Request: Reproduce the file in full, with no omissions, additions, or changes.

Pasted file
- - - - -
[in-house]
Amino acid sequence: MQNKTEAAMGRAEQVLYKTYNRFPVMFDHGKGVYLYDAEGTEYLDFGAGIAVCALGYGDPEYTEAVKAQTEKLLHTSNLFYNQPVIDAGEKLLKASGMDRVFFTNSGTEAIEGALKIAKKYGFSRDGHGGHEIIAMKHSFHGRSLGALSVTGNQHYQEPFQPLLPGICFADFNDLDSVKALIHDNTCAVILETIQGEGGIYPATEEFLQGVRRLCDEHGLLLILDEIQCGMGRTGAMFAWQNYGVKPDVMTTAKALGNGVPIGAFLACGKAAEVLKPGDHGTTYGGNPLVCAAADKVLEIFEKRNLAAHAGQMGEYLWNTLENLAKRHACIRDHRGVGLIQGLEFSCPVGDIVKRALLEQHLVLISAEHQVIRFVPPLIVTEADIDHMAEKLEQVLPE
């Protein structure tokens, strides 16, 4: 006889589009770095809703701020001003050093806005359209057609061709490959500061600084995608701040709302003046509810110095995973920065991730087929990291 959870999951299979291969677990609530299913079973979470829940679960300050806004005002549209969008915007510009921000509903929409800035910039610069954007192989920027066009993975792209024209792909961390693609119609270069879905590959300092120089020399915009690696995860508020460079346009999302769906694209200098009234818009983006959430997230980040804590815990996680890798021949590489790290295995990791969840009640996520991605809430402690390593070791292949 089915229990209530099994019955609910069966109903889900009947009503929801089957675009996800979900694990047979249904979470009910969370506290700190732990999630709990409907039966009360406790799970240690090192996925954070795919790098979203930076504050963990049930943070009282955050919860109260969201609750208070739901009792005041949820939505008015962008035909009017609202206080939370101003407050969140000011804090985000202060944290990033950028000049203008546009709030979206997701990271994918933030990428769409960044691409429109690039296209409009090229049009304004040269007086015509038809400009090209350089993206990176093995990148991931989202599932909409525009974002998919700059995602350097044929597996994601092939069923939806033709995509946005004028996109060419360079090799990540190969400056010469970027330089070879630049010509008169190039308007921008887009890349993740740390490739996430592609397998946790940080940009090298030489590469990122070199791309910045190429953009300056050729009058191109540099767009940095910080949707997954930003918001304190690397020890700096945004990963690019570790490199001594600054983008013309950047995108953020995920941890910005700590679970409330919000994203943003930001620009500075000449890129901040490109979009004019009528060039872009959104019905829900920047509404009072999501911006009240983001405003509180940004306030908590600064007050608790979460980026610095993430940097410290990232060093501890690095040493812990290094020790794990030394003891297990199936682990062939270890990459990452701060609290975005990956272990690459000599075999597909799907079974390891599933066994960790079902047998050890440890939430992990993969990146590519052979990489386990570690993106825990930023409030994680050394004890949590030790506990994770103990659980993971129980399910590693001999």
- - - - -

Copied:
[in-house]
Amino acid sequence: MQNKTEAAMGRAEQVLYKTYNRFPVMFDHGKGVYLYDAEGTEYLDFGAGIAVCALGYGDPEYTEAVKAQTEKLLHTSNLFYNQPVIDAGEKLLKASGMDRVFFTNSGTEAIEGALKIAKKYGFSRDGHGGHEIIAMKHSFHGRSLGALSVTGNQHYQEPFQPLLPGICFADFNDLDSVKALIHDNTCAVILETIQGEGGIYPATEEFLQGVRRLCDEHGLLLILDEIQCGMGRTGAMFAWQNYGVKPDVMTTAKALGNGVPIGAFLACGKAAEVLKPGDHGTTYGGNPLVCAAADKVLEIFEKRNLAAHAGQMGEYLWNTLENLAKRHACIRDHRGVGLIQGLEFSCPVGDIVKRALLEQHLVLISAEHQVIRFVPPLIVTEADIDHMAEKLEQVLPE
């Protein structure tokens, strides 16, 4: 006889589009770095809703701020001003050093806005359209057609061709490959500061600084995608701040709302003046509810110095995973920065991730087929990291 959870999951299979291969677990609530299913079973979470829940679960300050806004005002549209969008915007510009921000509903929409800035910039610069954007192989920027066009993975792209024209792909961390693609119609270069879905590959300092120089020399915009690696995860508020460079346009999302769906694209200098009234818009983006959430997230980040804590815990996680890798021949590489790290295995990791969840009640996520991605809430402690390593070791292949 089915229990209530099994019955609910069966109903889900009947009503929801089957675009996800979900694990047979249904979470009910969370506290700190732990999630709990409907039966009360406790799970240690090192996925954070795919790098979203930076504050963990049930943070009282955050919860109260969201609750208070739901009792005041949820939505008015962008035909009017609202206080939370101003407050969140000011804090985000202060944290990033950028000049203008546009709030979206997701990271994918933030990428769409960044691409429109690039296209409009090229049009304004040269007086015509038809400009090209350089993206990176093995990148991931989202599932909409525009974002998919700059995602350097044929597996994601092939069923939806033709995509946005004028996109060419360079090799990540190969400056010469970027330089070879630049010509008169190039308007921008887009890349993740740390490739996430592609397998946790940080940009090298030489590469990122070199791309910045190429953009300056050729009058191109540099767009940095910080949707997954930003918001304190690397020890700096945004990963690019570790490199001594600054983008013309950047995108953020995920941890910005700590679970409330919000994203943003930001620009500075000449890129901040490109979009004019009528060039872009959104019905829900920047509404009072999501911006009240983001405003509180940004306030908590600064007050608790979460980026610095993430940097410290990232060093501890690095040493812990290094020790794990030394003891297990199936682990062939270890990459990452701060609290975005990956272990690459000599075999597909799907079974390891599933066994960790079902047998050890440890939430992990993969990146590519052979990489386990570690993106825990930023409030994680050394004890949590030790506990994770103990659980993971129980399910590693001999």